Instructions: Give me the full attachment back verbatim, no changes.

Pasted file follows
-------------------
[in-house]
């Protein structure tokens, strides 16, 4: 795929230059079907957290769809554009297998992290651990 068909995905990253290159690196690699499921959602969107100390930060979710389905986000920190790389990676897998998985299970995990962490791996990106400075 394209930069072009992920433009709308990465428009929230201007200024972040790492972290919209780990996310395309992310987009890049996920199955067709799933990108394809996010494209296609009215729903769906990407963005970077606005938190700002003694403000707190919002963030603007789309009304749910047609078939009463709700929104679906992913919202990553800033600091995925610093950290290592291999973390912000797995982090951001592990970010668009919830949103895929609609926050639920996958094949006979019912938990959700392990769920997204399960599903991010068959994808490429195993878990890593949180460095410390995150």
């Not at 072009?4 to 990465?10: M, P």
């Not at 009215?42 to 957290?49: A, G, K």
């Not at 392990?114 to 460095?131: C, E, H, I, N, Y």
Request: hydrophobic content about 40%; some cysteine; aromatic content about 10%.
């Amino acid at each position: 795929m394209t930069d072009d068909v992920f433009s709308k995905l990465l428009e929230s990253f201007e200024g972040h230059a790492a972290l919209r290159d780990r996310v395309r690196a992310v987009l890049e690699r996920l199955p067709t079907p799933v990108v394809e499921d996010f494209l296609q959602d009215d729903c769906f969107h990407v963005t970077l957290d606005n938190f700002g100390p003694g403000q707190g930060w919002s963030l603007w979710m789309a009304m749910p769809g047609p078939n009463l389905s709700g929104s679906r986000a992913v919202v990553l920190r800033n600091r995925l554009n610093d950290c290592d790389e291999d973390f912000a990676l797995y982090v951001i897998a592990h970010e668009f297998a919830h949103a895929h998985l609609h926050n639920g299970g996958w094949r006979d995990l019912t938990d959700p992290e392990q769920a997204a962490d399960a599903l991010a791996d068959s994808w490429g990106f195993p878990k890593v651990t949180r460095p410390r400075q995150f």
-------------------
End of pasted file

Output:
[in-house]
């Protein structure tokens, strides 16, 4: 795929230059079907957290769809554009297998992290651990 068909995905990253290159690196690699499921959602969107100390930060979710389905986000920190790389990676897998998985299970995990962490791996990106400075 394209930069072009992920433009709308990465428009929230201007200024972040790492972290919209780990996310395309992310987009890049996920199955067709799933990108394809996010494209296609009215729903769906990407963005970077606005938190700002003694403000707190919002963030603007789309009304749910047609078939009463709700929104679906992913919202990553800033600091995925610093950290290592291999973390912000797995982090951001592990970010668009919830949103895929609609926050639920996958094949006979019912938990959700392990769920997204399960599903991010068959994808490429195993878990890593949180460095410390995150």
């Not at 072009?4 to 990465?10: M, P």
């Not at 009215?42 to 957290?49: A, G, K």
């Not at 392990?114 to 460095?131: C, E, H, I, N, Y």
Request: hydrophobic content about 40%; some cysteine; aromatic content about 10%.
């Amino acid at each position: 795929m394209t930069d072009d068909v992920f433009s709308k995905l990465l428009e929230s990253f201007e200024g972040h230059a790492a972290l919209r290159d780990r996310v395309r690196a992310v987009l890049e690699r996920l199955p067709t079907p799933v990108v394809e499921d996010f494209l296609q959602d009215d729903c769906f969107h990407v963005t970077l957290d606005n938190f700002g100390p003694g403000q707190g930060w919002s963030l603007w979710m789309a009304m749910p769809g047609p078939n009463l389905s709700g929104s679906r986000a992913v919202v990553l920190r800033n600091r995925l554009n610093d950290c290592d790389e291999d973390f912000a990676l797995y982090v951001i897998a592990h970010e668009f297998a919830h949103a895929h998985l609609h926050n639920g299970g996958w094949r006979d995990l019912t938990d959700p992290e392990q769920a997204a962490d399960a599903l991010a791996d068959s994808w490429g990106f195993p878990k890593v651990t949180r460095p410390r400075q995150f």